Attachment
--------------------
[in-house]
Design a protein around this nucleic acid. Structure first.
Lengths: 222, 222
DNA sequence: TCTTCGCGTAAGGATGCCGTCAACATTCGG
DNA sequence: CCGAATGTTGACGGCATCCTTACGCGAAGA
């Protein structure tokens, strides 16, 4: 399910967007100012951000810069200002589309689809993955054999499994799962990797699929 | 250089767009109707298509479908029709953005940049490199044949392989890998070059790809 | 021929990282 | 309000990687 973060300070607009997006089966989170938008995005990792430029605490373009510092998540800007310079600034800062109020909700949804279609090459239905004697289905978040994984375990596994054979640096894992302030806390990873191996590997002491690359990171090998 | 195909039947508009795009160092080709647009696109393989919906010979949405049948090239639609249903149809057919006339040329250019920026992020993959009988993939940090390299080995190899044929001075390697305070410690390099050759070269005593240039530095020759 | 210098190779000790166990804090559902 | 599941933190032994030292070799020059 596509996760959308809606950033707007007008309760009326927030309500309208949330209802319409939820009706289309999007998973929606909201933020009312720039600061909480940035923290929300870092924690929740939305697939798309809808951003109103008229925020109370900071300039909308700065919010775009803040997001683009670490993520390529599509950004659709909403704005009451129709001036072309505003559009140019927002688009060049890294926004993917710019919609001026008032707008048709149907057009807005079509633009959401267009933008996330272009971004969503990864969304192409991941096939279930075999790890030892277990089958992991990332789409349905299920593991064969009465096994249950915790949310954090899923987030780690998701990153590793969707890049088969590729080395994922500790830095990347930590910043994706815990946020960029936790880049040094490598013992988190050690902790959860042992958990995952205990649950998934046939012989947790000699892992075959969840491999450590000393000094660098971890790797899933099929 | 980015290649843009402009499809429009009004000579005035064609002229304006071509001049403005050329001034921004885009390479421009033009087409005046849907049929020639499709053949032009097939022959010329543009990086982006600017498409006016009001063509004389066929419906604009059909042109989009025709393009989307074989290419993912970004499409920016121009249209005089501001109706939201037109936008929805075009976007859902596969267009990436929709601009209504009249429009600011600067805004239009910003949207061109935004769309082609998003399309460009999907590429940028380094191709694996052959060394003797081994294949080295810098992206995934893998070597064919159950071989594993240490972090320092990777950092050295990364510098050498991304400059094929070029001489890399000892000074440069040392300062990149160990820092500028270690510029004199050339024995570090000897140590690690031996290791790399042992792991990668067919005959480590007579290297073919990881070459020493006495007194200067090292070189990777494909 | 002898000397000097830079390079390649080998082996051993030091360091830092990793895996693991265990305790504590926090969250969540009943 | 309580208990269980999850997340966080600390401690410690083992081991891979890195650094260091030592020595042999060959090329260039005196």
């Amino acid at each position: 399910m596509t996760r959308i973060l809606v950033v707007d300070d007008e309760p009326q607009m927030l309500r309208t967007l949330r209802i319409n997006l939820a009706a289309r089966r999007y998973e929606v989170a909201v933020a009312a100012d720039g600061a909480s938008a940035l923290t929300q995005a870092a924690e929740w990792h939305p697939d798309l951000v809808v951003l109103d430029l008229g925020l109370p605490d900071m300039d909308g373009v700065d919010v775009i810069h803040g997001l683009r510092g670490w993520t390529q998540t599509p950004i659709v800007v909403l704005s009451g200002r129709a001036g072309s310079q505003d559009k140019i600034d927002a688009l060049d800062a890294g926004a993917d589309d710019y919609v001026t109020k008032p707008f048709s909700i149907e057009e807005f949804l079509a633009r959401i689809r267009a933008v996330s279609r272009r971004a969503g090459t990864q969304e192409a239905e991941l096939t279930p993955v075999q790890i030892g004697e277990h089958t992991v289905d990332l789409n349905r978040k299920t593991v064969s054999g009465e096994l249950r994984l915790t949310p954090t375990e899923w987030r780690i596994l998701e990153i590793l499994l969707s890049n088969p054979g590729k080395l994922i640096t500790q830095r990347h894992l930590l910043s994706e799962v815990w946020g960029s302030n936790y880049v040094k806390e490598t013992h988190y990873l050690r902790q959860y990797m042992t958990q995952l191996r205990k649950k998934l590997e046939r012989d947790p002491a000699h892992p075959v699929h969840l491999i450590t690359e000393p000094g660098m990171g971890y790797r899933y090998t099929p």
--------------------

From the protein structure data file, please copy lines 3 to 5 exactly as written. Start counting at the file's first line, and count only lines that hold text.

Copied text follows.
Lengths: 222, 222
DNA sequence: TCTTCGCGTAAGGATGCCGTCAACATTCGG
DNA sequence: CCGAATGTTGACGGCATCCTTACGCGAAGA